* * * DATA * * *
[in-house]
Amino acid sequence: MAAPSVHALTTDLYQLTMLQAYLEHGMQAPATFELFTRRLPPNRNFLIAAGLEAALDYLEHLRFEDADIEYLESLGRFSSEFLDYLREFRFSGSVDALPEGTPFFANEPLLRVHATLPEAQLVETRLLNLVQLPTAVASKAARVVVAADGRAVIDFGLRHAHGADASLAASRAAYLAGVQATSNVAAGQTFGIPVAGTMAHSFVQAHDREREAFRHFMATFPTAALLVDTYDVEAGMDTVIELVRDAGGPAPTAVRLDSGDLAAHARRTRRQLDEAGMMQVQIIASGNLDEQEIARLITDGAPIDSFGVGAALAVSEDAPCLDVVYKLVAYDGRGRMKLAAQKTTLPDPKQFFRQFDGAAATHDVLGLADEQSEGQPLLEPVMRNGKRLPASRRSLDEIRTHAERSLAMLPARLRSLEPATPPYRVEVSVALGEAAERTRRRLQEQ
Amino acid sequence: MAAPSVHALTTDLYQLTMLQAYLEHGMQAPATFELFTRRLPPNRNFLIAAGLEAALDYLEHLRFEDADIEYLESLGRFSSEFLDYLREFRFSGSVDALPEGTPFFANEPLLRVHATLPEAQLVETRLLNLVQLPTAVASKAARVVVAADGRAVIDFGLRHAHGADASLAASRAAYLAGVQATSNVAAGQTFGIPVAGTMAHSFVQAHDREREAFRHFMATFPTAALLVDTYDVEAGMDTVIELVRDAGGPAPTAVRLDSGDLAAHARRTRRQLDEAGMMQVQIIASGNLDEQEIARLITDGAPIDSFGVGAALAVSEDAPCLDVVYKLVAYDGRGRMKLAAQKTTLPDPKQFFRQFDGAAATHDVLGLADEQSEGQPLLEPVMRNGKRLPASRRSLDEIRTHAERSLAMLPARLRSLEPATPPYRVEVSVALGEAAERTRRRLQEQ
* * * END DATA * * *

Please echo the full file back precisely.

[in-house]
Amino acid sequence: MAAPSVHALTTDLYQLTMLQAYLEHGMQAPATFELFTRRLPPNRNFLIAAGLEAALDYLEHLRFEDADIEYLESLGRFSSEFLDYLREFRFSGSVDALPEGTPFFANEPLLRVHATLPEAQLVETRLLNLVQLPTAVASKAARVVVAADGRAVIDFGLRHAHGADASLAASRAAYLAGVQATSNVAAGQTFGIPVAGTMAHSFVQAHDREREAFRHFMATFPTAALLVDTYDVEAGMDTVIELVRDAGGPAPTAVRLDSGDLAAHARRTRRQLDEAGMMQVQIIASGNLDEQEIARLITDGAPIDSFGVGAALAVSEDAPCLDVVYKLVAYDGRGRMKLAAQKTTLPDPKQFFRQFDGAAATHDVLGLADEQSEGQPLLEPVMRNGKRLPASRRSLDEIRTHAERSLAMLPARLRSLEPATPPYRVEVSVALGEAAERTRRRLQEQ
Amino acid sequence: MAAPSVHALTTDLYQLTMLQAYLEHGMQAPATFELFTRRLPPNRNFLIAAGLEAALDYLEHLRFEDADIEYLESLGRFSSEFLDYLREFRFSGSVDALPEGTPFFANEPLLRVHATLPEAQLVETRLLNLVQLPTAVASKAARVVVAADGRAVIDFGLRHAHGADASLAASRAAYLAGVQATSNVAAGQTFGIPVAGTMAHSFVQAHDREREAFRHFMATFPTAALLVDTYDVEAGMDTVIELVRDAGGPAPTAVRLDSGDLAAHARRTRRQLDEAGMMQVQIIASGNLDEQEIARLITDGAPIDSFGVGAALAVSEDAPCLDVVYKLVAYDGRGRMKLAAQKTTLPDPKQFFRQFDGAAATHDVLGLADEQSEGQPLLEPVMRNGKRLPASRRSLDEIRTHAERSLAMLPARLRSLEPATPPYRVEVSVALGEAAERTRRRLQEQ